I’ve become a huge Apple fan over the past two years. I think they’ve done a number of wonderful things for desktop computing interfaces, and they’ve far surpassed Windows in usability, stability, and general pleasantness. I spend a lot of time in front of computers, and I try to make as much of it as possible in front of a Mac.
But I’m disappointed with a number of items in today’s keynote.
The Macbook Air is certainly pretty, but when you look at the limitations, who’s this really aimed at? No firewire, only 2GB ram, 4200rpm disk – this rules out mobile creatives. No replaceable battery – this rules out actual mobile executives. It seems to be an upgrade for the regular Macbook users – mobile browsing, email, writing, maybe a little video and music, but it’s far too expensive for that. So, I don’t get it – who’s this aimed at?
I can understand that new hardware sometimes makes old hardware obsolete. But a few of the “hardware upgrades” announced here are really software upgrades in disguise, but which nonetheless are forcing you to buy new hardware to take advantage of the new features. The Time Capsule looks good, but it’s really just an Airport Extreme with an internal disk. Why isn’t this feature available on existing Airport Extremes with external disks?
Note to Apple: your existing customers generally love you. They love you even more when you go the extra mile and suddenly update the stuff they’ve already bought with new capabilities. This makes them more likely to buy new stuff, not less, and even much more likely to recommend that to all of their friends. Are you really going to sell enough $299 Time Capsules to make up for the hate you just scored with everyone who uses an Airport Extreme with an external disk and wants to back up their laptop to it, who now think you’re being greedy and trying to force a $300 upgrade for no reason?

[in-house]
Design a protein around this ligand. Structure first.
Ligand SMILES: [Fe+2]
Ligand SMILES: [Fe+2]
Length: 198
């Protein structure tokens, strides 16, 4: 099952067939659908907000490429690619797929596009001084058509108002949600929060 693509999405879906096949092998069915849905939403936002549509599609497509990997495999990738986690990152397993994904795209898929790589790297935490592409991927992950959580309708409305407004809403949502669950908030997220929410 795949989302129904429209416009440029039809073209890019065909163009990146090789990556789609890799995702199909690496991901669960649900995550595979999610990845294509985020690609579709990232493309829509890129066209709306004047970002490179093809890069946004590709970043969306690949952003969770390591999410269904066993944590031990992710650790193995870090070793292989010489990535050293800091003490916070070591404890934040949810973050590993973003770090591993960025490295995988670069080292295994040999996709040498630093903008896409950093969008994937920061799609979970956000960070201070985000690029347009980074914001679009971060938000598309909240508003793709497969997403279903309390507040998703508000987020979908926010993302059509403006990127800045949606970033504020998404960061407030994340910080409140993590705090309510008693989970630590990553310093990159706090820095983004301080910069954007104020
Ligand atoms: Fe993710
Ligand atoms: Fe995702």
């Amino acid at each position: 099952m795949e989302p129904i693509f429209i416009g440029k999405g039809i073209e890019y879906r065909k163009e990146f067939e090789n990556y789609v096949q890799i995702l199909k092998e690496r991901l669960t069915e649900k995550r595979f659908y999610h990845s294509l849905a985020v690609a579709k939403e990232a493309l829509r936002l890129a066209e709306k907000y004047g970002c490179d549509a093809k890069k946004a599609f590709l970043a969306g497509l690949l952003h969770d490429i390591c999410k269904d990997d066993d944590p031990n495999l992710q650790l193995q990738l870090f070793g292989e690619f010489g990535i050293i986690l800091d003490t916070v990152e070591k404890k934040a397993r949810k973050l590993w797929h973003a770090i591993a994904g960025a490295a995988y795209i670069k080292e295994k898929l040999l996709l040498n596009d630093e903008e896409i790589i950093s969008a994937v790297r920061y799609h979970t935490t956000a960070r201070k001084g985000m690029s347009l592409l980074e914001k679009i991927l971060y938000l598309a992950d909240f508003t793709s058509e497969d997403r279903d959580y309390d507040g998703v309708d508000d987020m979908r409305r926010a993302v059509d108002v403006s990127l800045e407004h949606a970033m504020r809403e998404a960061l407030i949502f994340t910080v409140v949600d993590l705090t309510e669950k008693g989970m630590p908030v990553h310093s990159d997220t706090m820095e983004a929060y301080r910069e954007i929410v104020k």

Same deal with the multitouch gestures on the Macbook Air – why aren’t they being backported to the existing Macbook line? The trackpads are multi-touch capable, and this is a software update, to applications that are already running on those machines.
And then there’s the actual software update for the iPod Touch. I’m the last person to say that all software should be free (free software should be free, but that’s a discussion for another day), but these are people who just a few months ago paid a premium to buy your top of the line product, and now you’re fleecing them for a bit of extra cash.
I don’t expect a world-shattering new product line every year, but these “announcements” look like the actions of a company that’s scrambling, not one that’s innovating.
[ Followup: Some suggestions for what I wanted to see instead. ]